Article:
The fact that United Steelworkers Local 6166 members voted in favour of a new five-year collective bargaining agreement with Vale Manitoba Operations Sept. 13-14 and avoided a possible labour disruption is, for Thompson collectively, a good thing, even if many of those who voted to accept it may have been holding their noses while doing so.
The fact that the bargaining committee did not recommend accepting Vale’s final offer, mainly due to reductions in health benefits and the elimination of retirement benefits for new employees, is evidence of how bitter a pill to swallow Vale’s offer must have been. Although the bargaining committee believed that it would be possible for workers to stay on the job past Sept. 15 while they continued to negotiate, Vale sent out an email to vendors and suppliers warning of a possible work stoppage on Sept. 12, the day before union members began voting, in what may have been both a routine part of business and a ploy to scare some people into voting to accept even if they really didn’t want to. It wasn’t guaranteed that Vale would continue negotiating if a deal wasn’t reached before the deadline.
Having to attempt to negotiate with Vale from a position of relative weakness may have seemed familiar to a few members of the previous city council, some of who are now on the current one as well. When the previous five-year grant-in-lieu agreement between Vale and the City of Thompson expired at the end of 2017, at least a few councillors indicated that they were voting in favour of a new four-year agreement worth considerably less per year – 20 per cent less in the first year and half as much in the three subsequent years, though Vale earlier this year voluntarily added $600,000 to the 2019 amount – not because they thought it was a good deal, but because they didn’t think they could get a better one and, if they refused, feared they might end up with even less.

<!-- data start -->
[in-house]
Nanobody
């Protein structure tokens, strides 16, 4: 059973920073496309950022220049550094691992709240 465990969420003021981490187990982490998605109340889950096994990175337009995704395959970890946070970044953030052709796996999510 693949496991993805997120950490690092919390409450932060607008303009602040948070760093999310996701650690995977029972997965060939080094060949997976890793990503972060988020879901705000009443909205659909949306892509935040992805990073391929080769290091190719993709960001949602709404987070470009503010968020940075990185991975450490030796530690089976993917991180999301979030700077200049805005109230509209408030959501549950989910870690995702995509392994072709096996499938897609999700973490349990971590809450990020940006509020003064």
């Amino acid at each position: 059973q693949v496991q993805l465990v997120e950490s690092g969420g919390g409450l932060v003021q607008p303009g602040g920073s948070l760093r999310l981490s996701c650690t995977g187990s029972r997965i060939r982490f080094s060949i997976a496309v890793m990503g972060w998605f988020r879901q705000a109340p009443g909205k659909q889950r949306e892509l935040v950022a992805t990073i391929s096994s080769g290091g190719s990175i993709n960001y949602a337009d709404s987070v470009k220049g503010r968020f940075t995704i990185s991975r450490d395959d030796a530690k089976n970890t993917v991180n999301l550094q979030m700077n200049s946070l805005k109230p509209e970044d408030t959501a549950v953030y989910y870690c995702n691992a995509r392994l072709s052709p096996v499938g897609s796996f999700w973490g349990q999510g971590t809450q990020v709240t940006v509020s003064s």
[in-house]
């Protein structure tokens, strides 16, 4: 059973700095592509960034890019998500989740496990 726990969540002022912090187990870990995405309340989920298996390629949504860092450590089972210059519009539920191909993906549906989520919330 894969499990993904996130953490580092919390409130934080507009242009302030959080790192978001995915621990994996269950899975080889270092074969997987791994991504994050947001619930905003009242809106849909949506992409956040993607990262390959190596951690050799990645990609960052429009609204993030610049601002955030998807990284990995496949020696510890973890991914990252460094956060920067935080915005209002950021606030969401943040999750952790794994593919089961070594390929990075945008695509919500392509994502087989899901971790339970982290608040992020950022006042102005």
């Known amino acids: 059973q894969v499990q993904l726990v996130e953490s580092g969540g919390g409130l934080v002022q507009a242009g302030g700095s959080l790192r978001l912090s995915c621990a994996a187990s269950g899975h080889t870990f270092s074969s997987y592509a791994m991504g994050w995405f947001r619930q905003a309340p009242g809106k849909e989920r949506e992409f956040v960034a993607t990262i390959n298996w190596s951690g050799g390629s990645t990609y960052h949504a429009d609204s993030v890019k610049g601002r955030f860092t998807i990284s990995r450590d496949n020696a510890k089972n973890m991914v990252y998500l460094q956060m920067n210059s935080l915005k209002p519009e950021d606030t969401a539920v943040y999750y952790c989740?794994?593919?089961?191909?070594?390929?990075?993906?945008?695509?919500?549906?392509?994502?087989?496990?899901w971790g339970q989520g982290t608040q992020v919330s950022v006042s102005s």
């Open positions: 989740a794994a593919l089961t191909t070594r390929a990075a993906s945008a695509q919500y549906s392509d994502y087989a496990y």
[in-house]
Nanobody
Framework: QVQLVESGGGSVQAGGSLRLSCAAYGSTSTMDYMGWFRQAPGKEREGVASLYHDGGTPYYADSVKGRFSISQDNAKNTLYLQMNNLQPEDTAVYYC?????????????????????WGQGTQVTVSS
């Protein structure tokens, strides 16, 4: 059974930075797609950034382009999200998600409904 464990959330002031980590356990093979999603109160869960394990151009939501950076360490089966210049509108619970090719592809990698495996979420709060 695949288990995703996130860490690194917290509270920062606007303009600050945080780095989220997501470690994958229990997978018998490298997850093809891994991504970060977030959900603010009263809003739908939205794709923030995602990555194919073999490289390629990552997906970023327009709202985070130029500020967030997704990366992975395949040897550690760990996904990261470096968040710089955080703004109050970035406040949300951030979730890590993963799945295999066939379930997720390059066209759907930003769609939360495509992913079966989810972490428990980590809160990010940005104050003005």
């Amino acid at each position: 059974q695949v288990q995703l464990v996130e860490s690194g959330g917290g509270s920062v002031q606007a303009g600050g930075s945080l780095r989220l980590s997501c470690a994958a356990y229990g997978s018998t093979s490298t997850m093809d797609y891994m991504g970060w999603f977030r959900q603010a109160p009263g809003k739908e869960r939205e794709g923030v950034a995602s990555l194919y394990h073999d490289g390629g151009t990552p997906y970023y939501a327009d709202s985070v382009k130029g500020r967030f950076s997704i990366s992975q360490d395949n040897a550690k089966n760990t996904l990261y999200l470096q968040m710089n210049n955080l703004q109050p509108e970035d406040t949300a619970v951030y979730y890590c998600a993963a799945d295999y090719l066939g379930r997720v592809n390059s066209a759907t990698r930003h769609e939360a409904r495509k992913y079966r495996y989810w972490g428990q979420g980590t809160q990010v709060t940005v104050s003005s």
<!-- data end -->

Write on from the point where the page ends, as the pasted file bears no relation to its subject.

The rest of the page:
Right now, Vale holds all the cards when it comes to negotiations with the union and the city. The economic impact of their decision to shut down the smelter and refinery for good in 2018 rather than spend money to being them up to current environmental standards showed how much of an impact the wages paid to the company’s employees had locally. The threat that Vale could decide to shut down its mining and milling operations and just leave town entirely hangs over their employees’ and Thompson residents’ heads no matter how many times they say that they don’t intend to. But we all know that mining is a business, that nickel mining is not a big part of Vale’s worldwide operations, and that, if prices drop to a point where profitability is impossible or even just very difficult to achieve, there’s a chance that people who have never been to Thompson could make the decision to lock it up and walk away.
So while many Thompsonites who were following the situation breathed a collective sigh of relief upon hearing that there would be no labour disruption on Sunday, it’s not as if the future is all blue skies and bright sunshine. On the other hand, if nickel prices rise and stay up near the end of this five-year collective bargaining agreement, perhaps the union will have a slightly stronger position to bargain from next time.
As always, the question of when mining will end hangs over Thompson. In 2012, Birchtree Mine was estimated to have about a decade or less of life left in it. After about half that time, it was placed on care and maintenance. In 2008, the plan for the other mines was to last until 2027 or 2030, though in 2012 that was extended to 2040. When it will actually be depends on many factors, a number of which are beyond the control of anyone here in Thompson and far too variable to predict. Hopefully the future will seem a little clearer and brighter when the Steelworker’s collective bargaining agreement is being negotiated again in 2024.